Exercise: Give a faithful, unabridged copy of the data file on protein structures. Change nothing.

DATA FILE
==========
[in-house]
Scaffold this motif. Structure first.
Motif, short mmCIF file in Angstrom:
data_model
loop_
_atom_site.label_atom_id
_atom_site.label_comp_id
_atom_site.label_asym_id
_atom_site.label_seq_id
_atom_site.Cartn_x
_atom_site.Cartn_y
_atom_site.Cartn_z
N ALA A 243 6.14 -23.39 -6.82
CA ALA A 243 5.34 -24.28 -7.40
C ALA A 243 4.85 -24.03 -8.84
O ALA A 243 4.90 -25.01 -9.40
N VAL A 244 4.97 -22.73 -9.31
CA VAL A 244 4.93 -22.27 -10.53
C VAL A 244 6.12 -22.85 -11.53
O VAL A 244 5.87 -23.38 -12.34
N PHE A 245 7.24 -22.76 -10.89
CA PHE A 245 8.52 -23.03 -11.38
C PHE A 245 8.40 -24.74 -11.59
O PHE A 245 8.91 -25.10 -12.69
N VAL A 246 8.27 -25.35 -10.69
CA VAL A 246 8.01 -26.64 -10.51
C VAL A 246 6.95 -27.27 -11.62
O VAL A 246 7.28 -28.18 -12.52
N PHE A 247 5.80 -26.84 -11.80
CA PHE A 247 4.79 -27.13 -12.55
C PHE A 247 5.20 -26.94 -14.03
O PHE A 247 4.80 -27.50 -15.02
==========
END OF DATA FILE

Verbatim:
[in-house]
Scaffold this motif. Structure first.
Motif, short mmCIF file in Angstrom:
data_model
loop_
_atom_site.label_atom_id
_atom_site.label_comp_id
_atom_site.label_asym_id
_atom_site.label_seq_id
_atom_site.Cartn_x
_atom_site.Cartn_y
_atom_site.Cartn_z
N ALA A 243 6.14 -23.39 -6.82
CA ALA A 243 5.34 -24.28 -7.40
C ALA A 243 4.85 -24.03 -8.84
O ALA A 243 4.90 -25.01 -9.40
N VAL A 244 4.97 -22.73 -9.31
CA VAL A 244 4.93 -22.27 -10.53
C VAL A 244 6.12 -22.85 -11.53
O VAL A 244 5.87 -23.38 -12.34
N PHE A 245 7.24 -22.76 -10.89
CA PHE A 245 8.52 -23.03 -11.38
C PHE A 245 8.40 -24.74 -11.59
O PHE A 245 8.91 -25.10 -12.69
N VAL A 246 8.27 -25.35 -10.69
CA VAL A 246 8.01 -26.64 -10.51
C VAL A 246 6.95 -27.27 -11.62
O VAL A 246 7.28 -28.18 -12.52
N PHE A 247 5.80 -26.84 -11.80
CA PHE A 247 4.79 -27.13 -12.55
C PHE A 247 5.20 -26.94 -14.03
O PHE A 247 4.80 -27.50 -15.02